gun safety for elderly people

Though more awareness about gun safety and elderly people is needed, we hope we have given you some insight into this issue and sparked some discussion. Today, we offer some specific tips for gun safety at home for your elderly parents.

Five steps you should take today if your aging parent has a gun at home to help ensure continued gun safety:

  1. Discuss it. First, find out if your parent has a gun (or guns) in the home. A large number of guns are inherited or given to elderly people, so you may be surprised to find out there is a gun in the home. If you know there is a gun/guns, find out where and how they are stored. Discuss any concerns you might have (now and in the future).
  2. Talk about why your elderly parent wants to have the gun at home. Is Mom worried about security? If so, there are a lot of good (maybe better) options for security at home. Our expert guest speaker on gun safety from the Largo Police Department shared suggestions with us, such as noise-making devices, personal emergency response systems, cell phones, a bell to indicate if the entry has been breached, sprays, key fobs, etc. Especially if children will be in the home, the gun and ammunition need to be stored separately anyway, which means it is unlikely to be much help in the case of an intruder. Sometimes elders wish to have a gun in the case they’d want to commit suicide. We hear this at times, though some aging parents may not share this information with children. But, if they do, it can open up a discussion about their feelings and concerns.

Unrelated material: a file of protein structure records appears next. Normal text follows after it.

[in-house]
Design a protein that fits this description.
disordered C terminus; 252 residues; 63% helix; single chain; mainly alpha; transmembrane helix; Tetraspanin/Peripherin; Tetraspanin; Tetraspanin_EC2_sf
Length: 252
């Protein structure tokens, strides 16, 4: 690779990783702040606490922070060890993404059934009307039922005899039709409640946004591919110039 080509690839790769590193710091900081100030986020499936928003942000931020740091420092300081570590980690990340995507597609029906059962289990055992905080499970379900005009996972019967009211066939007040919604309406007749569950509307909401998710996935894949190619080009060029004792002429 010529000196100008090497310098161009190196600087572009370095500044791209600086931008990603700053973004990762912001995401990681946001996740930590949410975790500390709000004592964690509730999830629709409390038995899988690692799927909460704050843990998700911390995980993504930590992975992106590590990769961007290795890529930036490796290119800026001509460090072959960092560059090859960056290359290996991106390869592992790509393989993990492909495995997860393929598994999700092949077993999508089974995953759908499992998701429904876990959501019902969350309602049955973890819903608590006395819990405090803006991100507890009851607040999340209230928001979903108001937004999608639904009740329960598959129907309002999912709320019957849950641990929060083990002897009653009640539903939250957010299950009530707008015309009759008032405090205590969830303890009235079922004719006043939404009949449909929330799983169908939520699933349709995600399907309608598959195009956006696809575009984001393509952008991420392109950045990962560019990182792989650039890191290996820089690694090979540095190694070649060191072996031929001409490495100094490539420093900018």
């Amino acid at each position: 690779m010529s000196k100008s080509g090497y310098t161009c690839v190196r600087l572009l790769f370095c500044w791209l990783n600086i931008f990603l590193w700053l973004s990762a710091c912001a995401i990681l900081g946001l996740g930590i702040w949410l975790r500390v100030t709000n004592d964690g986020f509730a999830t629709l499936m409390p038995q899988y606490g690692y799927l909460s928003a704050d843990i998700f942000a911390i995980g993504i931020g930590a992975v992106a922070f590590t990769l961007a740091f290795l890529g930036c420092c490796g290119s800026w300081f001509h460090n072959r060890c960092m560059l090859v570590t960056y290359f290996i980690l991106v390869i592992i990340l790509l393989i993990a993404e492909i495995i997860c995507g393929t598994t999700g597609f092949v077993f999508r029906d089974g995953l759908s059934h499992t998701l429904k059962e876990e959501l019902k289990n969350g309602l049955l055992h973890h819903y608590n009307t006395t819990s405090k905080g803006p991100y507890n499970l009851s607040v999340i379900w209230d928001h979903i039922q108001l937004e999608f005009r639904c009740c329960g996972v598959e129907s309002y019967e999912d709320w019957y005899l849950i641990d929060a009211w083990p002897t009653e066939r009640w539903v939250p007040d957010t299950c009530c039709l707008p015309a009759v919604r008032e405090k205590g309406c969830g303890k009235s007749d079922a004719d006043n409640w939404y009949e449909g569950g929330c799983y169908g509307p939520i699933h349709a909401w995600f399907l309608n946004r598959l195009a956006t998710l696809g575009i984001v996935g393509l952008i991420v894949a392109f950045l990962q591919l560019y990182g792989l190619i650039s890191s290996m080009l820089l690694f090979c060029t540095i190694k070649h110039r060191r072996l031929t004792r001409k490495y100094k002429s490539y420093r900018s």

3. Explore planning options. Talk to your loved one about “what if” scenarios. An estate planning attorney should be able to set up a special gun trust, for easier transfer of firearms and clear instructions in the event of incapacity or death.
  4. Ensure safekeeping and handling of the gun and ammunition. How and where is the gun stored? Is ammunition kept separately? Who might gain access to the gun? Local law enforcement can hold a gun temporarily for safe keeping if there’s an immediate safety issue and can make sure firearms are safe for someone to handle (removing magazine, unloading).
  5. Know who to contact if you need help. Local law enforcement has some limitations in what they can do, but they are your best resource when immediate gun safety issues arise. Make sure you know the non-urgent number of your local jurisdiction. Geriatric care managers can help with care planning and creative solutions, as well as the process of discussing your concerns. We can refer you to an estate planning attorney who can help set up a gun trust.

For elderly gun safety and general in-home safety questions, contact our team at 727-447-5845. You can also join our caregiver community on Facebook for additional discussions and information!